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Wang Huning’s Neo-Authoritarian Dream

In late July of 1994, Wang Huning was nearing the end of a brilliant – and relatively brief – career as a political scientist at Shanghai’s Fudan University. That summer, he was in the beach resort of Beidaihe, 300 kilometers east of Beijing, to join China’s leadership elite for their annual seaside conclave.  

According to Wang’s journal entries from the trip, it was the topic of official corruption occupying the 39-year-old academic, specifically what he called “ultra-corruption,” a phenomenon that posed a distrinct threat to the CCP. “High-level corruption is rare," he wrote, “but if it occurs, its influence towers over petty corruption, and so it should be the focal point of anti-corruption work.”  

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With the twin conflagrations of the 1989 Tiananmen Square crackdown and the 1991 collapse of the Soviet Union no doubt fresh on his mind, this reflection on the toxic nature of corruption was perhaps unsurprising. Wang, however, focused on the subject at a much deeper level than most. “What is trust in government?” he wrote in his diary just a few months before his trip to Beidaihe. “Trust in government means that a governmentcan fulfill its basic pledge to govern the people,” he wrote. His conclusion was clear – without a foundation of trust, China’s political system remained vulnerable to the same forces of change that had torn apart the Soviet empire.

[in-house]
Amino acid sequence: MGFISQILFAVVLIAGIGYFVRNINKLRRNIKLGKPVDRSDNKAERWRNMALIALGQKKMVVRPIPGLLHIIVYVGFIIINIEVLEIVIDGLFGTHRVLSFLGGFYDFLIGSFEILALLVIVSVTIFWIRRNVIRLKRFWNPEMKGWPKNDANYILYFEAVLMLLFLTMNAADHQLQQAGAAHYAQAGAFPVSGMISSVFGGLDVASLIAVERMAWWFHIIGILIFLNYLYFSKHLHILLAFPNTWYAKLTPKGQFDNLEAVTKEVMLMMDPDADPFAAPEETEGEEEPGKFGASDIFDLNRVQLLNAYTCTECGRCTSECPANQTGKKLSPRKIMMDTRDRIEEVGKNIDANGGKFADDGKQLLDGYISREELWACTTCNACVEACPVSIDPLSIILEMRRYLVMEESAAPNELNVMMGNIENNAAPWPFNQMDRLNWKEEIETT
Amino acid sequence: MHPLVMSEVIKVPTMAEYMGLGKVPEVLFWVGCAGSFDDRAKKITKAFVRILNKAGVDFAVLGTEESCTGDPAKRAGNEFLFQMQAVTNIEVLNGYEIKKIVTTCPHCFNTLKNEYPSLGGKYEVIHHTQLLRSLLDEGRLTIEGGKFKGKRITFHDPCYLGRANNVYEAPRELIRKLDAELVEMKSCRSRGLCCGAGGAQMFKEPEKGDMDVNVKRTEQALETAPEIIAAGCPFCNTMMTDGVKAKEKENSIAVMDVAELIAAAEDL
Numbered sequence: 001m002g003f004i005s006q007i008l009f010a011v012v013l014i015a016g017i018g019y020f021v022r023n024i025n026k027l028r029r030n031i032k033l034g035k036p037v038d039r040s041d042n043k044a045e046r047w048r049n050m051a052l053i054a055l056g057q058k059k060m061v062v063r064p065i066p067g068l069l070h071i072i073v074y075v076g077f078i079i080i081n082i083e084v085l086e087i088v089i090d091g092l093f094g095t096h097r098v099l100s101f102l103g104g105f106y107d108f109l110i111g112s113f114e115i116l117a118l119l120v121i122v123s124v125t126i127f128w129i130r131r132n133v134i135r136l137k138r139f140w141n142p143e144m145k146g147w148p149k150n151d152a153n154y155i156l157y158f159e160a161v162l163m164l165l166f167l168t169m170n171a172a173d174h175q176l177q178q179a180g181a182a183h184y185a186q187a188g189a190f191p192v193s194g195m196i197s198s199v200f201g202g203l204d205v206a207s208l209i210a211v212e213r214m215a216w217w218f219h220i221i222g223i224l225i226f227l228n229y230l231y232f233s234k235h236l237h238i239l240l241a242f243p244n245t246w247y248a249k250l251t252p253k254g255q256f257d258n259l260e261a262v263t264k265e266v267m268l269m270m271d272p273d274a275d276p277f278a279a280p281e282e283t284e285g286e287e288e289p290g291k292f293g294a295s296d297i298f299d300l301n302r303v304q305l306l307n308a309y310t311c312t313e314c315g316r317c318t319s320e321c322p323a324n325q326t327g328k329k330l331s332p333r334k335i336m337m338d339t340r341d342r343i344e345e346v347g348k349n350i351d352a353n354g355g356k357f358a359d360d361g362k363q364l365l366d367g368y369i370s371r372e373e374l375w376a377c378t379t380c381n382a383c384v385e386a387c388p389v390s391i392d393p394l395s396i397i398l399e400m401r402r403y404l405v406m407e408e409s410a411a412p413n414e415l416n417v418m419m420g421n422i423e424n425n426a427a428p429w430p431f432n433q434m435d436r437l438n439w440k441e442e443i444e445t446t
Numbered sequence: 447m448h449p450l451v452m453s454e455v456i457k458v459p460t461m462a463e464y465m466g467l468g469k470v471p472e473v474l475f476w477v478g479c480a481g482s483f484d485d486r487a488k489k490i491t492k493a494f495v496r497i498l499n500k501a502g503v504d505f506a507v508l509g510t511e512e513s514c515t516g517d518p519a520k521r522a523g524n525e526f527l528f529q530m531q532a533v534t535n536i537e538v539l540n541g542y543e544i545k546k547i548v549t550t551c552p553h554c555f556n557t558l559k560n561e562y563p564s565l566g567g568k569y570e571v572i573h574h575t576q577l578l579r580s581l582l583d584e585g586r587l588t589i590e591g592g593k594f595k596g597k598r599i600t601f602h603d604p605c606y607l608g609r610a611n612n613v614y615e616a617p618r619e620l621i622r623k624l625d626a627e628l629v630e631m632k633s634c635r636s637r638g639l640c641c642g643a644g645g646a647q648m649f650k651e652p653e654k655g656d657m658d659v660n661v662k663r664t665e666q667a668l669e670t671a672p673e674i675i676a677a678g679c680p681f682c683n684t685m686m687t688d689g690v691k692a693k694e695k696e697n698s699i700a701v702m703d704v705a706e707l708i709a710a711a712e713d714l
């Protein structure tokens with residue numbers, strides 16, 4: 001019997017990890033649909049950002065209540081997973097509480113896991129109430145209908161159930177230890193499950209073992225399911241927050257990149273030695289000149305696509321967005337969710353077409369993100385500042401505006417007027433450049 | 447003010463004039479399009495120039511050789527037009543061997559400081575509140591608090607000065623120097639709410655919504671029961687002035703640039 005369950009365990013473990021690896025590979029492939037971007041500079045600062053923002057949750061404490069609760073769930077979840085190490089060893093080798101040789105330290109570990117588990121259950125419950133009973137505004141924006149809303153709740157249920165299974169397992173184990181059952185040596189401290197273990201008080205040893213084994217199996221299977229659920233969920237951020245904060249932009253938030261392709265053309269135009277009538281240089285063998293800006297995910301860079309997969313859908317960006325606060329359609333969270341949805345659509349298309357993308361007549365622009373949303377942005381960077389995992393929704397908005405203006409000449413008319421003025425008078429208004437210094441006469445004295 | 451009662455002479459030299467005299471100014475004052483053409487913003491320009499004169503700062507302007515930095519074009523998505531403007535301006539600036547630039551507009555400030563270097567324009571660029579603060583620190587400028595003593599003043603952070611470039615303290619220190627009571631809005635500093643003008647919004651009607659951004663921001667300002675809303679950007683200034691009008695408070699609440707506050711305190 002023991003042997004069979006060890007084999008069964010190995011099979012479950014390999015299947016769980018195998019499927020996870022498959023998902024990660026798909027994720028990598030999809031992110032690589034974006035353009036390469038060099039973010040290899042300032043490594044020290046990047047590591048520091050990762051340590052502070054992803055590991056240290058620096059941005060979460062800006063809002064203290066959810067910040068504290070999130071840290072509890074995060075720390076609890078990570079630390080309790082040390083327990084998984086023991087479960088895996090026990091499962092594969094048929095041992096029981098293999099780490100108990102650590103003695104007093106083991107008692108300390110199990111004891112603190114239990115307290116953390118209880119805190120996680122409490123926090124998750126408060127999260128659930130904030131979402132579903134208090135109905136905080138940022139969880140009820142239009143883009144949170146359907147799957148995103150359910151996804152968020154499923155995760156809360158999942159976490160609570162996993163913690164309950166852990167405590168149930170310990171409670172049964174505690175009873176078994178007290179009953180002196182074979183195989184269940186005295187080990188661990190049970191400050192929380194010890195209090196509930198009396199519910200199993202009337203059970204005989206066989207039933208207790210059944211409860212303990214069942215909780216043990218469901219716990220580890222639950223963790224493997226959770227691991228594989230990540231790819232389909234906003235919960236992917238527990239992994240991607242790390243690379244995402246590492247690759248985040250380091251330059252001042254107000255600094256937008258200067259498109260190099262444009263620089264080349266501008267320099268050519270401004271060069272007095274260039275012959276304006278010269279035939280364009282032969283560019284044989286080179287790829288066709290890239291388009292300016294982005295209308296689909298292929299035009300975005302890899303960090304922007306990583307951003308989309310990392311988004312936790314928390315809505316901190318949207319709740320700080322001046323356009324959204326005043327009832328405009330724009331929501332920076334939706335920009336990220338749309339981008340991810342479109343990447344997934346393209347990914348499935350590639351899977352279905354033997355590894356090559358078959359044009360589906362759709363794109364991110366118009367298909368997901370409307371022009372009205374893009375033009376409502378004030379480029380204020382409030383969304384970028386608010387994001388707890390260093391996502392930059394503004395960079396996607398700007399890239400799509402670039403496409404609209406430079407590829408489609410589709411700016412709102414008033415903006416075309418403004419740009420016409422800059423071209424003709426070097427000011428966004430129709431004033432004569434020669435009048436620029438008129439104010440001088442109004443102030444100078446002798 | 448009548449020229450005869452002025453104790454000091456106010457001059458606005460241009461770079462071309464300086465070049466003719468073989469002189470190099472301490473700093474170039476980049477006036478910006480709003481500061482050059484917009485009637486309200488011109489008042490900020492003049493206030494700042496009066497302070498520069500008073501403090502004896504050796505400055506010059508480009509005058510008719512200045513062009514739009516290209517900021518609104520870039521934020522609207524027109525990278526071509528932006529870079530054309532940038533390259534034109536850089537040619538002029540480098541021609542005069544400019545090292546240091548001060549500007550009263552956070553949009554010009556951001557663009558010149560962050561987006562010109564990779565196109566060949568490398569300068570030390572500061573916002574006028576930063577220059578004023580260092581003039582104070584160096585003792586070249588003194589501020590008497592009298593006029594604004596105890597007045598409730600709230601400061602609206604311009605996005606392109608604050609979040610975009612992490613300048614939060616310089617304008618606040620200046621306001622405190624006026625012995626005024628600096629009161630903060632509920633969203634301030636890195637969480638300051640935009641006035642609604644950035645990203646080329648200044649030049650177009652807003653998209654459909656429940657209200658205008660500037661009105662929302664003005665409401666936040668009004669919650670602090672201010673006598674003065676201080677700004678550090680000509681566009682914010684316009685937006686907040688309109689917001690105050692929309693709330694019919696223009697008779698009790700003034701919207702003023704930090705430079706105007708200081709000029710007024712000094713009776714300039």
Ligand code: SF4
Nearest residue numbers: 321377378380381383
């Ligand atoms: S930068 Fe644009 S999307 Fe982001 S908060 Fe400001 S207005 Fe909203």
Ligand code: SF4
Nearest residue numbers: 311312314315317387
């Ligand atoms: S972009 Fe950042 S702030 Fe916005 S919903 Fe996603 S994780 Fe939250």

Now, more than twenty years later, Wang Huning is at the core of a decision-making apparatus which, in the eyes of many, is finally eradicating high-level corruption, and thereby safeguarding trust in the Party-state.  Since being summoned to Beijing in 1995 by then-General Secretary Jiang Zemin, effectively ending his academic career, Wang has become the “pen” of the Communist Party of China (CCP), the driving force behind the major ideological slogans of China’s top leaders, from Jiang Zemin’s “Three Represents”, to Hu Jintao’s theory of “Scientific Development”, and most recently Xi Jinping’s “China Dream.” As head of the CCP’s highest-ranking think tank, the Central Policy Research Office, he has also become one of the closest confidantes of General Secretary Xi Jinping.  

Before his move to the capital, Wang Huning’s scholarly output was prolific.  He was the author of at least a dozen books, and had published more than 50 academic articles. Since 1995, and his transition to Beijing, this number has dropped to near-zero, a casualty of the “black box” which renders Chinese politics a whirl of mystery and rumor to us outsiders.  While we don’t know much about the debate taking place within the walls of Zhongnanhai, fortunately, we do have the paper trail left by Wang Huning before his journey to the capital.  

Regardless of Wang Huning’s future career prospects, one thing is clear: if we want to understand we the ultra-conservative political moment China is now in, we need to understand Wang Huning’s theory of “neo-authoritarianism,” which he helped develop in the years before his disappearance into the Party.

Born in Shanghai in 1955, his poor health kept him largely isolated from the high Maoism of the Cultural Revolution (1966-1976), which, in a 1988 interview, Wang would condemn as “an unprecedented political catastrophe.” One of the first students to take advantage of the re-opened universities after the death of Mao Zedong in 1976, Wang entered Fudan University’s international politics department in 1978, graduating three years later with a Masters’ degree. He would spend the next 14 years at Fudan, authoring books and articles on comparative politics and governance.